Today, security is considered as a key requirement in almost all systems. Implementation and architecting software systems with the incorporation of security considerations would be a cost-effective approach to preventive software maintenance. Security patterns were a programming rethinking approach so that security and safety features get embedded within the system at earlier stages of its development lifecycle. Patterns were initially proposed to outline recurring software engineering problems and solutions with a view to be used during software design phase (Vlissides, Helm, Johnson, & Gamma, 1995). It is also commonly recognised that there is a need for a pattern language to categorise security problems in software designs (Fernandez & Rouyi, 2001; Ruiz, Arjona, Mana, & Rudolph, 2017). Moreover, there have been further attempts to formalise and develop security patterns catalogues (Schumacher et al., 2013; Hamid, Gurgens, & Fuchs, 2016). These catalogues have gathered common solutions to known security problems using systems engineering and software development techniques. Identification and correction of errors early in the development lifecycle would cost less than fixing accumulated errors in design and implementation (Menzies, Nichols, Shull, & Layman, 2017). For security problems, therefore, one may ask a relevant question “Can we detect security problems and even resolve them early before it is too late?” This question has led to active research on the representation and analysis of security requirements (Liu, Yu, & Mylopoulos, 2003; Haley, Laney, Moffett, & Nuseibeh, 2008; Giorgini, Massacci, Mylopoulos, & Zannone, 2005; Souag, Mazo, Salinesi, & Comyn-Wattiau, 2016). There are various approaches for eliciting security requirements of a system-to-be. Abe, Hayashi, & Saeki (2015) propose an elicitation approach by which security functions are extracted from target documents, in line with the international standard of Common Criteria - ISO/IEC 15408. Riaz, Stallings, Singh, Slankas, & Williams (2016) have developed a framework within which security patterns are collected and security goals are identified. Work in the domain of this research assumes that security requirements can be elicited by arguing thoroughly about vulnerability in existing requirements models, such as trust assumptions (Haley, Robin, Moffett, & Nuseibeh, 2004), anti-goals (Van Lamsweerde, 2004; Li, Paja, Mylopoulos, Horkoff, & Beckers, 2016), misuse cases (Sindre & Opdahl, 2005; Ikram, Siddiqui, & Khan, 2014), abuse frames (Lin, Nuseibeh, Ince, Jackson, & Moffett, 2003), risk analysis (Massacci, Prest, & Zannone, 2005; Asnar et al., 2007; Souag et al., 2016), etc. Yet little has been done to suggest systematic changes in requirements models to resolve these vulnerabilities. Partly due to the fact that it is impossible to detect and resolve once-for-all the vulnerabilities, especially when not all problematic trust assumptions or anti-goals may be detected. Therefore, an appropriate approach would be helpful to slot in new security patterns. Capturing lessons learnt from the past as well-known security patterns, one may still need to enforce them to a requirements model for a new software project. In this paper, we have represented security patterns formally on basis of existing requirements modelling languages, such that an analysis tool can be developed to detect and resolve security problems in the modelled requirements. For such automated analysis, it is a reasonable assumption for stakeholder requirements to be modelled using a formal language: once requirements have been modelled as such, the tool could guarantee all instances of the security pattern can be detected and necessary changes can be suggested. To illustrate, we tried a single security pattern for recurring problems in role-based access control. Despite the possibility of selecting a different formal requirement modelling language for defining a security pattern, we selected elements from the goal oriented requirements modelling language i*/Tropos (Yu, 1996; Bresciani, Perini, Giorgini, Giunchiglia, & Mylopoulos, 2004) for two reasons. One, it is widely used in early requirements engineering which leads to many published models in the literature. Second, we have developed a tool support using the Eclipse Modelling Framework, which enables the techniques presented here. Our main contribution is to show that such formally defined security pattern can be directly used to detect and resolve the security problem on requirements models published in the literature. The key techniques used are model-driven query and transformation (Graaf, Weber, & Van Deursen, 2008) and model-driven development of requirements models (Budinsky, Brodsky, & Merks, 2003), both are integrated in our requirements engineering tools. The remainder of the paper is organised as follows. Section 2 explains key techniques used, including a language for modelling stakeholder requirements, model-driven software development and model-driven transformations; Section 3 briefly outlines access control mechanisms and types. The following section discusses the enforcing of a role-based access control pattern, and reviews several applications of the tool. Sections 5 and 6 provide an overview of related works and applications followed by a summary of key points and potential further work.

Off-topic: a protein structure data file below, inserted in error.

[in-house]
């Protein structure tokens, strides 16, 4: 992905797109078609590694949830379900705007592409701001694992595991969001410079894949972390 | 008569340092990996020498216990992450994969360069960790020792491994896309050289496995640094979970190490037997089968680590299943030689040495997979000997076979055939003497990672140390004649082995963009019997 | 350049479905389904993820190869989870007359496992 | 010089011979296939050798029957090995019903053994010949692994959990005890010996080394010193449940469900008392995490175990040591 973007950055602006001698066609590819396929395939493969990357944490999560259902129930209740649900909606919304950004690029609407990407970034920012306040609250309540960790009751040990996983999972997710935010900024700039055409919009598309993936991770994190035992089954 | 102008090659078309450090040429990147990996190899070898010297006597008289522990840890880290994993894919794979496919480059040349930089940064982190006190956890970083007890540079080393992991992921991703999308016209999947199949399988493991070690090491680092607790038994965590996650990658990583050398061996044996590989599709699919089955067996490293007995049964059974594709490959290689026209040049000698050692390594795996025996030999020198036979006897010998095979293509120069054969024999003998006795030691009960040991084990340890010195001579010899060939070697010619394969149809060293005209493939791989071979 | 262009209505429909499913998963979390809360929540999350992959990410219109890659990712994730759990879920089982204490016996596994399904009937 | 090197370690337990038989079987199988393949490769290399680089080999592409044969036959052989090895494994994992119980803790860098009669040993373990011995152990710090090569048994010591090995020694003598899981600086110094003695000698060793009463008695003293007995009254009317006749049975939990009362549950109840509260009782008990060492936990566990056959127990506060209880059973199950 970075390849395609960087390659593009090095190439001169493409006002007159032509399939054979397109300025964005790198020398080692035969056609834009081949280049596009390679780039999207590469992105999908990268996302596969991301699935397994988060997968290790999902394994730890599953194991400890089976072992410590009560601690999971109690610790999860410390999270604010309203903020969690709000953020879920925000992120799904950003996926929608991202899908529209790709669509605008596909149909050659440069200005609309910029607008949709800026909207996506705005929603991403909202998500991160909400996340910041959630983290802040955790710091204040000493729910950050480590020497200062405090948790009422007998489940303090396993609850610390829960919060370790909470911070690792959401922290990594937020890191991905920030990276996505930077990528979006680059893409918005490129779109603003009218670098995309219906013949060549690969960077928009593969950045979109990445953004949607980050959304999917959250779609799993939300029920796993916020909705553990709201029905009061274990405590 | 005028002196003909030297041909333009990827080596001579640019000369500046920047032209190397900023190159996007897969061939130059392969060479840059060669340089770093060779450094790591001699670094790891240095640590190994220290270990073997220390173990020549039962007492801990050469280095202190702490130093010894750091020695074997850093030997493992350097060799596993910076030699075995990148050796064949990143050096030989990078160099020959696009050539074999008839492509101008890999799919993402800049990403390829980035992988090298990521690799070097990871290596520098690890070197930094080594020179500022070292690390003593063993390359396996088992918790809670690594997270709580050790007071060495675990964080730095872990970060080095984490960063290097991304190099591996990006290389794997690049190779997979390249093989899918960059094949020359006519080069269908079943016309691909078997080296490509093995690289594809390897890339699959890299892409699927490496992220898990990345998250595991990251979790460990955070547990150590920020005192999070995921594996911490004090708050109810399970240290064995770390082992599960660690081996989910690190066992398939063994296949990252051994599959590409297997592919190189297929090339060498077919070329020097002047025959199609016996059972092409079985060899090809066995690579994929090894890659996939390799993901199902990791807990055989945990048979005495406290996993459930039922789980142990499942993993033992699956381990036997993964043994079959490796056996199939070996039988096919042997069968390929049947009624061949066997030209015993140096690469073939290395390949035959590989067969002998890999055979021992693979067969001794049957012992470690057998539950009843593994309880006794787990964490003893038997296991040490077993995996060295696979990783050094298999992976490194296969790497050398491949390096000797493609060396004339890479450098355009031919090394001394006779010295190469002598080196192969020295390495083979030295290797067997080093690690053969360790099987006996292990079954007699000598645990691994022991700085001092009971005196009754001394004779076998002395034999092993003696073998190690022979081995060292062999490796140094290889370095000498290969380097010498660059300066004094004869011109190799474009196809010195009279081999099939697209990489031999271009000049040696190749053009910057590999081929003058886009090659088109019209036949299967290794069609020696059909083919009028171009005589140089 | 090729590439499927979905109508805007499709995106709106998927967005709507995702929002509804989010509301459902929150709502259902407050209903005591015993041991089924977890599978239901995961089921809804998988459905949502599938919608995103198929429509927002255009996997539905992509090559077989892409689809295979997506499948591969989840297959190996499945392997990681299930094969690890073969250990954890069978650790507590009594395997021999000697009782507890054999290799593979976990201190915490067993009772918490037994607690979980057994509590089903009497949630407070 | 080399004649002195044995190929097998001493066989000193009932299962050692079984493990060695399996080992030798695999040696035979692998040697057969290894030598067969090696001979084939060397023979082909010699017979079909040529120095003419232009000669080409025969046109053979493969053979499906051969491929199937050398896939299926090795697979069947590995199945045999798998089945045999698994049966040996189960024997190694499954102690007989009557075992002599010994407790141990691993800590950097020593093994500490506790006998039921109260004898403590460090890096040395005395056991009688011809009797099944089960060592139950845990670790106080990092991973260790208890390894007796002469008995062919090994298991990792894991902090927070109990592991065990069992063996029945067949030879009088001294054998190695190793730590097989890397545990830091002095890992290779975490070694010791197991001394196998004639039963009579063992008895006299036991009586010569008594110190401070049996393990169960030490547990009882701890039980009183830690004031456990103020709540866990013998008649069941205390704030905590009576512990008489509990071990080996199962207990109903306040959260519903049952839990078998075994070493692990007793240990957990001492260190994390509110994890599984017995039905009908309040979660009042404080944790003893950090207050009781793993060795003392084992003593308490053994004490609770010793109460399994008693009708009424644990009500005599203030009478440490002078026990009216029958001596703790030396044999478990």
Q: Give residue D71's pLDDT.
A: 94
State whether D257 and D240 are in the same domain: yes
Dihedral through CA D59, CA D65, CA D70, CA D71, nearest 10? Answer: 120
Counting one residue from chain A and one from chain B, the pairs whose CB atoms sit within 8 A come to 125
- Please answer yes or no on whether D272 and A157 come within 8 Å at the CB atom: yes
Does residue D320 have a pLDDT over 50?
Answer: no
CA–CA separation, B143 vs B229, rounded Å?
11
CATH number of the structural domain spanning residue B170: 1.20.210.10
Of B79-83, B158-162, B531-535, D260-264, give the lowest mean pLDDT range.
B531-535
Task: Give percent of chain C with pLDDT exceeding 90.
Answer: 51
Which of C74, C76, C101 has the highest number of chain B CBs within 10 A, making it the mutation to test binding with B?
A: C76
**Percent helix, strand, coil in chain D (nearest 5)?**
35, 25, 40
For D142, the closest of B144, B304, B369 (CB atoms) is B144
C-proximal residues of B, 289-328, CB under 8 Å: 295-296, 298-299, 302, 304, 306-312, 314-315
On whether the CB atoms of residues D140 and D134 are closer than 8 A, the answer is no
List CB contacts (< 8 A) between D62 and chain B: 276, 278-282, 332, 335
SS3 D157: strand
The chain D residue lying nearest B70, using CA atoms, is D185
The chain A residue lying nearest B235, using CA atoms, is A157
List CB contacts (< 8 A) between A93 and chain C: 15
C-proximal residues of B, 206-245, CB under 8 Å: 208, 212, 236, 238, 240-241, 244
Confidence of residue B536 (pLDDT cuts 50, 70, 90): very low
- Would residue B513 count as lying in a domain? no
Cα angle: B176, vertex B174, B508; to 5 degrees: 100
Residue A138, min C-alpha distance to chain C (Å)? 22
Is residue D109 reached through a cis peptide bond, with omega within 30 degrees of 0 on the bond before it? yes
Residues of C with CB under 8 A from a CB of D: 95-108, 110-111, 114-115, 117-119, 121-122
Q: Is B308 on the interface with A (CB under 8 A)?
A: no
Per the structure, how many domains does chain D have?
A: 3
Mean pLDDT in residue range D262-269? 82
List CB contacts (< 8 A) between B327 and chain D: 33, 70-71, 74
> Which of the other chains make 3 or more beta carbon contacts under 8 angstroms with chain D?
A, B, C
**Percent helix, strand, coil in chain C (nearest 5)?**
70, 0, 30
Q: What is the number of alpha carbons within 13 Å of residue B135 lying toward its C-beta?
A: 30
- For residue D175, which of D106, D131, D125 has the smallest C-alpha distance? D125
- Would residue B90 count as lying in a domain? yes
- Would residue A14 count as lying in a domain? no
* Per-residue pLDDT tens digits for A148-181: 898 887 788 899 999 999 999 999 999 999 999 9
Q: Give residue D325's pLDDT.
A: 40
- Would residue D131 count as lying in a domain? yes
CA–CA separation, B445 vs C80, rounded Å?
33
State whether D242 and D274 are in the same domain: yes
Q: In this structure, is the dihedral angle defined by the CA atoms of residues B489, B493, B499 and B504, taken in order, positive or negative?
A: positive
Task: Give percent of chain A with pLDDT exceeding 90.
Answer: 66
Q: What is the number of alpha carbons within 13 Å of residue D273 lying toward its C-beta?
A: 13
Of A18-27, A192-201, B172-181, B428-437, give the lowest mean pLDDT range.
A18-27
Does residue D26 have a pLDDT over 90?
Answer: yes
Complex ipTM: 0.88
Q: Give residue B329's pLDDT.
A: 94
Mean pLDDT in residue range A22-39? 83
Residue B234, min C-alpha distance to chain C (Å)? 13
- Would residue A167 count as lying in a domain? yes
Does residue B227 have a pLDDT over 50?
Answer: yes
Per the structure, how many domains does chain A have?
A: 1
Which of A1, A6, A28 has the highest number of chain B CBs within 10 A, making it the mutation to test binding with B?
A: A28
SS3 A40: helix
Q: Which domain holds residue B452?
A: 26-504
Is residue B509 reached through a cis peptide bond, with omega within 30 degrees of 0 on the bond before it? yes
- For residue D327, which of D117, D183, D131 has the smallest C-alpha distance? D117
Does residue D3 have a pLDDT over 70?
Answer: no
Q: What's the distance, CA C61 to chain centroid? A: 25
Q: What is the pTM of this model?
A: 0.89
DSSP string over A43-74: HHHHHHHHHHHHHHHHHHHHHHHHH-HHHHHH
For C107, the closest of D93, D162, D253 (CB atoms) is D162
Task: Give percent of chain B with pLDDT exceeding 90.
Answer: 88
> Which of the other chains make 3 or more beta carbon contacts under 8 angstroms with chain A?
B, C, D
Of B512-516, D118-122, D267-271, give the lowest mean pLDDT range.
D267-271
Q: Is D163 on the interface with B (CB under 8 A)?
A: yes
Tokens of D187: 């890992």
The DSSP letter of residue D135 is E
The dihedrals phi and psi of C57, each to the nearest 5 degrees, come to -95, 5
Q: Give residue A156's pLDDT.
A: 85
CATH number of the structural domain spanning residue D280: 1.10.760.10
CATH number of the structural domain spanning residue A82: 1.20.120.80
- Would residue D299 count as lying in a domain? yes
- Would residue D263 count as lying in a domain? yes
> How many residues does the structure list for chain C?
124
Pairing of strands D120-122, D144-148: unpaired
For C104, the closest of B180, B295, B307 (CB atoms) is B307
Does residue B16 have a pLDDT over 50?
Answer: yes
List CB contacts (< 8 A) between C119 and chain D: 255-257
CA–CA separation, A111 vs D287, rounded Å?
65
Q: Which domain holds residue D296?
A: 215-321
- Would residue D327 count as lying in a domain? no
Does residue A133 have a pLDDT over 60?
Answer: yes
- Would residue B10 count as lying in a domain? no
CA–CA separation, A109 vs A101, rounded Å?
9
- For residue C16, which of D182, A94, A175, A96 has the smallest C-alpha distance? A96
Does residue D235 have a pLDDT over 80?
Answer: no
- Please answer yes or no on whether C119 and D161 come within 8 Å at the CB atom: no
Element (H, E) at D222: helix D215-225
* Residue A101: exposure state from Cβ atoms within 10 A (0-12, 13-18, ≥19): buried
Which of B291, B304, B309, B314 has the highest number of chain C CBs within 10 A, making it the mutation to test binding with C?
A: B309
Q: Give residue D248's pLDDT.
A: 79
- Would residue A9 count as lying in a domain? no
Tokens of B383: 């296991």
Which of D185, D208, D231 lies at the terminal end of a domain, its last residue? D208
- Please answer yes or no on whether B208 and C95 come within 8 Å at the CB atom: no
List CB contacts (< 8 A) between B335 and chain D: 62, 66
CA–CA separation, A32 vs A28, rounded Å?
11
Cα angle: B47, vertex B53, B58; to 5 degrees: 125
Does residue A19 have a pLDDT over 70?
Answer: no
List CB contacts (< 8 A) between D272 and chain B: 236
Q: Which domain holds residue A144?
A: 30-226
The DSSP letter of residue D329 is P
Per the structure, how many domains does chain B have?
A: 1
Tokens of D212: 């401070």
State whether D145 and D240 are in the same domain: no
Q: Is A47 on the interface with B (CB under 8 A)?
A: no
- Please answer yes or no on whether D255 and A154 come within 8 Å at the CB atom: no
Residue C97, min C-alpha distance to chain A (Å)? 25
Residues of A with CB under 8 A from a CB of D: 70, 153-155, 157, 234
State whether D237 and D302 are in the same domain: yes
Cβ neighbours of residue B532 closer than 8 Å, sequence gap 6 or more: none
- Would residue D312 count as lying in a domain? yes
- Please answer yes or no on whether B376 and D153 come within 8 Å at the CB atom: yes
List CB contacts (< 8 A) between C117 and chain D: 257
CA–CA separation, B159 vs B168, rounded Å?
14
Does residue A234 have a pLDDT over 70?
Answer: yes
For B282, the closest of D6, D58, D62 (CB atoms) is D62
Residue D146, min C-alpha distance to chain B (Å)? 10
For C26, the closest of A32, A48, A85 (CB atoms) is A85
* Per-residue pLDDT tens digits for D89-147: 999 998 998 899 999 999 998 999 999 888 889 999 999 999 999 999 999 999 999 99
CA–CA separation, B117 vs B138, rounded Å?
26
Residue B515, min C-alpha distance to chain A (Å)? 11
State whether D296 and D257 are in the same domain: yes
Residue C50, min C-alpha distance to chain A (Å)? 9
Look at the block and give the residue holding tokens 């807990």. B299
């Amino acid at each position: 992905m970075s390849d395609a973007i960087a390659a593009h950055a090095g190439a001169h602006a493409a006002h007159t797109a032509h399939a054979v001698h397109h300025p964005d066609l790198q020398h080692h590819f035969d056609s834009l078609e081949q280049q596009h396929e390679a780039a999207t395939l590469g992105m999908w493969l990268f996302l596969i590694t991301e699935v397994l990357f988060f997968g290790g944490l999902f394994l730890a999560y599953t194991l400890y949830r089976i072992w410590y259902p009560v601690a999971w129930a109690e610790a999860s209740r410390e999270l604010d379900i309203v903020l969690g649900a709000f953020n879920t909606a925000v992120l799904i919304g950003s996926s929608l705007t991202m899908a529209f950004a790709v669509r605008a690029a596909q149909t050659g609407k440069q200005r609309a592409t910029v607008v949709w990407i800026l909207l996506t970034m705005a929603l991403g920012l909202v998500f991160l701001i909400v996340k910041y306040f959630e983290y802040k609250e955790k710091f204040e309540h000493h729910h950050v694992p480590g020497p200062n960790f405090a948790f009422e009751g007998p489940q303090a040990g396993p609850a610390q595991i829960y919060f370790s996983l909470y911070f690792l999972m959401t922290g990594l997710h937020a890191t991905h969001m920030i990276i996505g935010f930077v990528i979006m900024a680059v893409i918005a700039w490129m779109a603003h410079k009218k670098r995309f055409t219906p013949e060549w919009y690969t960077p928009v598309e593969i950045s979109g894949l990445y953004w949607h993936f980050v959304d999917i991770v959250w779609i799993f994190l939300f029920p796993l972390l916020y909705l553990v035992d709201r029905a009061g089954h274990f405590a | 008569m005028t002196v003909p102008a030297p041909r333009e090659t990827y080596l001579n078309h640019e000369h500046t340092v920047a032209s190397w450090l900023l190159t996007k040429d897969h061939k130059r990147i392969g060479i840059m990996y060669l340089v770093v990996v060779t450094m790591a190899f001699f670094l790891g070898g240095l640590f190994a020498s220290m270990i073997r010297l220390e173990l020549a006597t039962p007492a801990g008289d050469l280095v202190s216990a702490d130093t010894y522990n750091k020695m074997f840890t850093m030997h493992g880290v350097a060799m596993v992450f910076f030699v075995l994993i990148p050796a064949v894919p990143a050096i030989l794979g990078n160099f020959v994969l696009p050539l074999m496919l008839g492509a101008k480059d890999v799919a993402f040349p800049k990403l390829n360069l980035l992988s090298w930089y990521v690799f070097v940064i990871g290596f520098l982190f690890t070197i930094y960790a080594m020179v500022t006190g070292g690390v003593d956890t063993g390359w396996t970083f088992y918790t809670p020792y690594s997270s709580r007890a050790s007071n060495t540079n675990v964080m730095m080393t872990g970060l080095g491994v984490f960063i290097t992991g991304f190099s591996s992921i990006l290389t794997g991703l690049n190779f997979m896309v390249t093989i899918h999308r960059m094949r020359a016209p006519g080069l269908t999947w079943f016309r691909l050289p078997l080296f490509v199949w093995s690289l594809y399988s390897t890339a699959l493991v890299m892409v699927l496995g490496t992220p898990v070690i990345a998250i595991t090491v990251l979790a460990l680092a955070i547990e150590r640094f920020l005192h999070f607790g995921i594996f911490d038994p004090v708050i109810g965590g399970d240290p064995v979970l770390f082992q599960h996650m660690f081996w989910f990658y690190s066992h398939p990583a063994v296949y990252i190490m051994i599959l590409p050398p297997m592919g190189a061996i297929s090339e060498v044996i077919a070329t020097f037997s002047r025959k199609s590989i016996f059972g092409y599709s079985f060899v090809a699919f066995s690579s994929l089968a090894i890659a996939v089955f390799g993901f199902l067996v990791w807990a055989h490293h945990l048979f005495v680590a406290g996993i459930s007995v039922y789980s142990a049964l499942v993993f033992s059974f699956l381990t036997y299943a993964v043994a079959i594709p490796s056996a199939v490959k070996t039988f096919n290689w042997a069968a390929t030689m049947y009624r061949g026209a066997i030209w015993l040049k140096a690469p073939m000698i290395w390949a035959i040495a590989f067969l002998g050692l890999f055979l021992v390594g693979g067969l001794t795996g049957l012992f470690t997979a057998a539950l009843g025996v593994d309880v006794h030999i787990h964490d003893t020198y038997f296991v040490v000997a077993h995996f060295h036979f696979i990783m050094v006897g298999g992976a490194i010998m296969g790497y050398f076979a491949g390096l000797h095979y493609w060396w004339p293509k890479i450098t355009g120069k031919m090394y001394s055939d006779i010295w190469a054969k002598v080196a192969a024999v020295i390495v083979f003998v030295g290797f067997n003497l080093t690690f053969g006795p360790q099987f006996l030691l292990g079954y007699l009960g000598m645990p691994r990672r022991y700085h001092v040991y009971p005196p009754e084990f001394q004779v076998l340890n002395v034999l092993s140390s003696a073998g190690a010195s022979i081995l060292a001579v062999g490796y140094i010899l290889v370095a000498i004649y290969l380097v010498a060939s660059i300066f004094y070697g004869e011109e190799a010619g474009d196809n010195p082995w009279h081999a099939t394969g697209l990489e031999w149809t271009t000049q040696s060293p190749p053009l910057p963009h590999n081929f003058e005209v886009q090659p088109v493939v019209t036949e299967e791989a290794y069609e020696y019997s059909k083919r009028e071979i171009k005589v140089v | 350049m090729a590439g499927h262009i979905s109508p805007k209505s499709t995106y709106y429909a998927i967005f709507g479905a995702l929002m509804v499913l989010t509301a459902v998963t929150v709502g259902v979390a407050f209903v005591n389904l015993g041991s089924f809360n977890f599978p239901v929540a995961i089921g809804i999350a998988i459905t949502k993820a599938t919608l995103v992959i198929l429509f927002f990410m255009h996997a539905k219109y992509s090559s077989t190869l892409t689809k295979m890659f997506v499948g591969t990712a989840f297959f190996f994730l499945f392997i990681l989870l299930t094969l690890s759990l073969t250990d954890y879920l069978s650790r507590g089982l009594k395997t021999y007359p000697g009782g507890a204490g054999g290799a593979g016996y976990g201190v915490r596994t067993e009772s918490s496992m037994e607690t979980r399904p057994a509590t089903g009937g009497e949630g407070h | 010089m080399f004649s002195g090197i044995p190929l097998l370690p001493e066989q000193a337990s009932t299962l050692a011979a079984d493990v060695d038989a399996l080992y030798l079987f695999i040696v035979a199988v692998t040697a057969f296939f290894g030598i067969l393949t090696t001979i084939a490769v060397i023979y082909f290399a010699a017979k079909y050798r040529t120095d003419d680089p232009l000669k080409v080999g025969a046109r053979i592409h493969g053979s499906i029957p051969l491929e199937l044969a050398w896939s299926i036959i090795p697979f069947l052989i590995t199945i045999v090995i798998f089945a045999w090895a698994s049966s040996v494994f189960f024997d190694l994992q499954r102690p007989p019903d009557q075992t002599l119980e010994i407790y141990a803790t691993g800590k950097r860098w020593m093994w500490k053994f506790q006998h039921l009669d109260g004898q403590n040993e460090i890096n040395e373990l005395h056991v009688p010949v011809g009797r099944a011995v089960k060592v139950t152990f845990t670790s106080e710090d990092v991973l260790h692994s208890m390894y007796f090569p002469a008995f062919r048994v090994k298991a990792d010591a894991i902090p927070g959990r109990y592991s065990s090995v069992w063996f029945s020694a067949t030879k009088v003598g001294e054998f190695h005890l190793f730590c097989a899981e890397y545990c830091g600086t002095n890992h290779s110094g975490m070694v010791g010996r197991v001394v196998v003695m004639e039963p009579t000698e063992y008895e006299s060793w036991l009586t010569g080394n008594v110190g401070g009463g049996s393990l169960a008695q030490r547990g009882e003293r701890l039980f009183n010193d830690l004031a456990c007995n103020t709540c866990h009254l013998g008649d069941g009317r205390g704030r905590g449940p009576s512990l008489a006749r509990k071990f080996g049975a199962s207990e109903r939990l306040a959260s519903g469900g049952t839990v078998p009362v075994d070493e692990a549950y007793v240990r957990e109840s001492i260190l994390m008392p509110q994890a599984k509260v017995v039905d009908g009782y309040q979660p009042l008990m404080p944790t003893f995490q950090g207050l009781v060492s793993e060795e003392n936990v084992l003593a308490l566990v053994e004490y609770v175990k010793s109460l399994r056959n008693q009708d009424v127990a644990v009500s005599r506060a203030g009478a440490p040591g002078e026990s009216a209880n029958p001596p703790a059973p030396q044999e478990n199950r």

Complete Article List

Search this Journal:
Reset
Open Access Articles: Forthcoming
Volume 8: 4 Issues (2017)
Volume 7: 4 Issues (2016)
Volume 6: 4 Issues (2015)
Volume 5: 4 Issues (2014)
Volume 4: 4 Issues (2013)
Volume 3: 4 Issues (2012)
Volume 2: 4 Issues (2011)
Volume 1: 4 Issues (2010)
View Complete Journal Contents Listing